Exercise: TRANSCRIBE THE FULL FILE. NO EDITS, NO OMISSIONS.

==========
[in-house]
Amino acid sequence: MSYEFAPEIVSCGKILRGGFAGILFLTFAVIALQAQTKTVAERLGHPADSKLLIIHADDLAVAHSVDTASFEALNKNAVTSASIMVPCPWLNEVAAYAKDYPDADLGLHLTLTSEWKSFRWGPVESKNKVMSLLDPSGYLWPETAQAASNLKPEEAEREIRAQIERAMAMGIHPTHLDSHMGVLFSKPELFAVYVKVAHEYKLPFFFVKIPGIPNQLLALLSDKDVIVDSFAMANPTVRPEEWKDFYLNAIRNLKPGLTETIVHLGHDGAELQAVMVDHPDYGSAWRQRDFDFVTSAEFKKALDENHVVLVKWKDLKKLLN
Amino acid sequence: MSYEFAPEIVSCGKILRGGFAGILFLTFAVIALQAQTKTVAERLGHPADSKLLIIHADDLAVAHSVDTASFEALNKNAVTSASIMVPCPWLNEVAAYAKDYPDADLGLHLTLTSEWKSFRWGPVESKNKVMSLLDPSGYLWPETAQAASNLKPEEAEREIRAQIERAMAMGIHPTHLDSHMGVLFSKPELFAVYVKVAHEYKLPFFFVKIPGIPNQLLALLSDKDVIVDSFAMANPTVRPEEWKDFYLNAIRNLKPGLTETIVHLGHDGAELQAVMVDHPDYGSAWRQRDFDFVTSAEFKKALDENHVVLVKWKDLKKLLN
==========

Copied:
[in-house]
Amino acid sequence: MSYEFAPEIVSCGKILRGGFAGILFLTFAVIALQAQTKTVAERLGHPADSKLLIIHADDLAVAHSVDTASFEALNKNAVTSASIMVPCPWLNEVAAYAKDYPDADLGLHLTLTSEWKSFRWGPVESKNKVMSLLDPSGYLWPETAQAASNLKPEEAEREIRAQIERAMAMGIHPTHLDSHMGVLFSKPELFAVYVKVAHEYKLPFFFVKIPGIPNQLLALLSDKDVIVDSFAMANPTVRPEEWKDFYLNAIRNLKPGLTETIVHLGHDGAELQAVMVDHPDYGSAWRQRDFDFVTSAEFKKALDENHVVLVKWKDLKKLLN
Amino acid sequence: MSYEFAPEIVSCGKILRGGFAGILFLTFAVIALQAQTKTVAERLGHPADSKLLIIHADDLAVAHSVDTASFEALNKNAVTSASIMVPCPWLNEVAAYAKDYPDADLGLHLTLTSEWKSFRWGPVESKNKVMSLLDPSGYLWPETAQAASNLKPEEAEREIRAQIERAMAMGIHPTHLDSHMGVLFSKPELFAVYVKVAHEYKLPFFFVKIPGIPNQLLALLSDKDVIVDSFAMANPTVRPEEWKDFYLNAIRNLKPGLTETIVHLGHDGAELQAVMVDHPDYGSAWRQRDFDFVTSAEFKKALDENHVVLVKWKDLKKLLN